As some of you might know, I studied ants for my M.S. degree. When I heard the new middle grade realistic fiction book The Nora Notebooks, Book 1: The Trouble with Ants by Claudia Mills and illustrated by Katie Kath was about a 10-year-old girl who is passionate about ants, I knew I had to pick it up.
It was even better than I hoped. Fourth grader Nora keeps an ant farm. She also records fascinating facts about ants in a journal, with quotes sprinkled throughout the book. She even does a simple experiment with ants and writes a paper about it. If that was all the book was about it would be good, but author Claudia Mills takes it to the next level by including many layers of story. For more details and a full review, see our sister blog, Wrapped in Foil.
Activity 1. How many species of ants?
Often when you read a book about ants, you will see the number of species listed as a fact. Depending on the book, however, the number can vary considerably. Why is that?
Generally, the number of ant species will be different depending on how recently the book is published. Ant scientists (or myrmecologists) are discovering and describing new species all the time and expect the final number to reach upwards of 30,000 species when all potential species have been discovered.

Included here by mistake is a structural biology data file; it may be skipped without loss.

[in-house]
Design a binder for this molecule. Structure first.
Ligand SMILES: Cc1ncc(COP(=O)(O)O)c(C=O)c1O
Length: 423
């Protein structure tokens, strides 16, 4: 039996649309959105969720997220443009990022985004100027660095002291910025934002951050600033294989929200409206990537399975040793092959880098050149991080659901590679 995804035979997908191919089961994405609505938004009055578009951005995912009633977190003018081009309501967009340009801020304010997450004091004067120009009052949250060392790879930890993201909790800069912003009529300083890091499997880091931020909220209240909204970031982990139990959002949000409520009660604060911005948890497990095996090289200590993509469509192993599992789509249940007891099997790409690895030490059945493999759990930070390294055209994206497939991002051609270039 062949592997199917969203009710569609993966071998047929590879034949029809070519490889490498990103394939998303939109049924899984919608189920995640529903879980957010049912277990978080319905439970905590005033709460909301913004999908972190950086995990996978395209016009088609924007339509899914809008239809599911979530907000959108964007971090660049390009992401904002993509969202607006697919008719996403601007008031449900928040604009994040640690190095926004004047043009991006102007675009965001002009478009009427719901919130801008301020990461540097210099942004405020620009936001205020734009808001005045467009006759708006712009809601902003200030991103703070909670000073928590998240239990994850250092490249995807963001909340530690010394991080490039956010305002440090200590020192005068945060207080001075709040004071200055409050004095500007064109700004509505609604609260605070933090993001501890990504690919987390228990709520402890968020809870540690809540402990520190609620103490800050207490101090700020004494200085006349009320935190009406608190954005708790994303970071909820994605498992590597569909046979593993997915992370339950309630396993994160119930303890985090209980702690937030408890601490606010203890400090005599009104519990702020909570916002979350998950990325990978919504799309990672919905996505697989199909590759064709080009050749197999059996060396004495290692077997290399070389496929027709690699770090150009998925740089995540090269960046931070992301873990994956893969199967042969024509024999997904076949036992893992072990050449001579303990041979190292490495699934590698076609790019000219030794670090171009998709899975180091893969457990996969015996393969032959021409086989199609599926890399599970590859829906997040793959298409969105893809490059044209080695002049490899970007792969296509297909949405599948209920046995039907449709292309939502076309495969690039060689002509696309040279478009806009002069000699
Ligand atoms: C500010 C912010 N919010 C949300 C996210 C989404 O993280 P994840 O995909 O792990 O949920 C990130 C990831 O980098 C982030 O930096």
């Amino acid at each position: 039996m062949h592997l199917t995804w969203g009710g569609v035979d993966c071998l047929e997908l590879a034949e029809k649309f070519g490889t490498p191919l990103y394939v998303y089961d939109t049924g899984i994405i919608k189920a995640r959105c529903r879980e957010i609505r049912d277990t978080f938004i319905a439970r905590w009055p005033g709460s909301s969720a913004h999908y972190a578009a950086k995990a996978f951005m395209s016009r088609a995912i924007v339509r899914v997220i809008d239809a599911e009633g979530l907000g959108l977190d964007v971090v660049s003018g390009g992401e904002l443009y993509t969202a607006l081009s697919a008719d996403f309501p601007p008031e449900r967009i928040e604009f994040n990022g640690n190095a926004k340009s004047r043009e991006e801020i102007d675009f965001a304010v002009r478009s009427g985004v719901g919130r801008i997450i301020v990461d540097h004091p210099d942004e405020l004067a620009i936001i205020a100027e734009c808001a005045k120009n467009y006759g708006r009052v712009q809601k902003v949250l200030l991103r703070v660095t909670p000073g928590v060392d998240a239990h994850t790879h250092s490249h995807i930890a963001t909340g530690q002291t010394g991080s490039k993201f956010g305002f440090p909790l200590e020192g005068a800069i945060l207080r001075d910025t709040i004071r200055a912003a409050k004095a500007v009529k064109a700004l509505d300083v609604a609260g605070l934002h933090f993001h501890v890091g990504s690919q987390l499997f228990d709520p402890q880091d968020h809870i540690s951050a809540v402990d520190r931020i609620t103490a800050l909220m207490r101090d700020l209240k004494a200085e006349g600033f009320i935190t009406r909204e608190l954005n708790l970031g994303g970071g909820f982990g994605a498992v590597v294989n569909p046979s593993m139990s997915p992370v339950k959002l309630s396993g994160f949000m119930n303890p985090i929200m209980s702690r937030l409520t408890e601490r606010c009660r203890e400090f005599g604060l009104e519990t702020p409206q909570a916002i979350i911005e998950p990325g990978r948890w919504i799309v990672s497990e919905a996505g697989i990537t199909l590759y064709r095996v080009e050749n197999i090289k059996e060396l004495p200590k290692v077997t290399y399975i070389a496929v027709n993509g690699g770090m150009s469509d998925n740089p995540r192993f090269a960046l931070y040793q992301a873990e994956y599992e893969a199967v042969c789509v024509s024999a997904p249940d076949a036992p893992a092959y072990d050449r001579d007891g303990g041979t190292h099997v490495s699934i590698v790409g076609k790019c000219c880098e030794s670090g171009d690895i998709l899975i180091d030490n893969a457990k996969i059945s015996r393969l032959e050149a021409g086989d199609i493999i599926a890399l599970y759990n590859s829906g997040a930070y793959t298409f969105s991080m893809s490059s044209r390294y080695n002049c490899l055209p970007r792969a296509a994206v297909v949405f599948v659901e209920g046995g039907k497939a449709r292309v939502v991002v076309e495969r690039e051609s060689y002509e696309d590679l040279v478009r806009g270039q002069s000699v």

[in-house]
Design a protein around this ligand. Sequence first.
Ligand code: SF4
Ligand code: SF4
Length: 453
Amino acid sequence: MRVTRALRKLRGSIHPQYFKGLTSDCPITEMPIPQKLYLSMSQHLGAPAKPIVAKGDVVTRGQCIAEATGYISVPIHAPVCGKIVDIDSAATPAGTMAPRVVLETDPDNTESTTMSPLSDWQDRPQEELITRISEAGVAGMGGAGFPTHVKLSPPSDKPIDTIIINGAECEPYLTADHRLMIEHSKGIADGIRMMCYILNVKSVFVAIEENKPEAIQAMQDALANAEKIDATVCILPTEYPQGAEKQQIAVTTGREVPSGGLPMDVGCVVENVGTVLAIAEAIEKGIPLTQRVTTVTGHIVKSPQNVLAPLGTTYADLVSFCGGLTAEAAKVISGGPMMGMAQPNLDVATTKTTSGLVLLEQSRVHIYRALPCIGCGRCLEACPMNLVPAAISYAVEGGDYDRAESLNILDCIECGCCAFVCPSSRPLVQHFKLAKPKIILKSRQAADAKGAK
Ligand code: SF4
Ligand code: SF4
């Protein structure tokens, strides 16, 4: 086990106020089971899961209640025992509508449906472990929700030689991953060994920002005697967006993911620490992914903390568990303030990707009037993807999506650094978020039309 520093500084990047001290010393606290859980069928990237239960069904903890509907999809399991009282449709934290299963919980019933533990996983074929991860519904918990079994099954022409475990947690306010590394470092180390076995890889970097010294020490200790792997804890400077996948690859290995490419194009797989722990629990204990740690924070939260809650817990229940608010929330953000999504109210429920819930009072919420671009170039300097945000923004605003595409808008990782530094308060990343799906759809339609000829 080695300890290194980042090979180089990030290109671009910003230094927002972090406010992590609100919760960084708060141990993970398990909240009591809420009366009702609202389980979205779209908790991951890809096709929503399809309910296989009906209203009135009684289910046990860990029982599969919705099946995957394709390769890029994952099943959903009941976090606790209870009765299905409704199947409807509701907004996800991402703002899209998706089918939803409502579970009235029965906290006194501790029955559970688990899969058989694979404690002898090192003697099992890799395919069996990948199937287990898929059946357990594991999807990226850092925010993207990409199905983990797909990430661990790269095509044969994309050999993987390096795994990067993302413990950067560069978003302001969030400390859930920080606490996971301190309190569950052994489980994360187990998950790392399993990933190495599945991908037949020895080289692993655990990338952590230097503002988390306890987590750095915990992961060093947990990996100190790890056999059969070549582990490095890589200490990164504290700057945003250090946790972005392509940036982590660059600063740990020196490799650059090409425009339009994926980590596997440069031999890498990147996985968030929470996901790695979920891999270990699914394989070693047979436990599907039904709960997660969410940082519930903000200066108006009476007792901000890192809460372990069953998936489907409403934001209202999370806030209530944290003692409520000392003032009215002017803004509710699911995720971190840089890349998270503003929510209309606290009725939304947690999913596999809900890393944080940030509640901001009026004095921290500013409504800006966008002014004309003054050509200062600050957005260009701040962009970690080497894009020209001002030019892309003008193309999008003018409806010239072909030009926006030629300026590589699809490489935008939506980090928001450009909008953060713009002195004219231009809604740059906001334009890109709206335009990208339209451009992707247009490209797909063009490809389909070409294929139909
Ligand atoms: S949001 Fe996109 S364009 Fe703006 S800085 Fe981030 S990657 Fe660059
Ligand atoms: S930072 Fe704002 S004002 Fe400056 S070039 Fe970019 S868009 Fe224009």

Another reason the number of ant species changes is because scientists who study the classification of ants sometimes realize ants are related in ways that were not previously recognized. When that happens, species can be renamed, grouped with other species, or sometimes one species may be split into two.
(Public domain photograph of a wood ant by Alex Wild)
So, how many ant species are there? One place to find out the current number is a collaborative website like AntWeb which lists the number of species of ants on its homepage as 15,957 as of today (October 9, 2015).
Try to find out how many ant species there are in your area. Antmaps.org is a fun resource to help you. With the map in the "Diversity View," I clicked on Arizona and found there are 353 native species here. That's a lot of different kinds of ants! Suggestion: Draw your own infographic map of ant species in your area and find out what some of those species are using the global and regional resources at AntWeb.
Why should we care how many species there are and where they are found? One reason is that it can be helpful to know if new, alien species are coming in. Exotic or alien species often crowd out native species and become pests because they have left their natural enemies behind. We also should know whether species are dying out so we can take steps to prevent their loss.
Check the ant anatomy activity from a previous post for a detailed explanation of the special anatomical terms used for ants.
And don't forget, if you know a budding myrmecologist, be sure to introduce them to The Trouble With Ants.
Age Range: 7 - 10 years
Hardcover: 176 pages
Publisher: Knopf Books for Young Readers (September 22, 2015)
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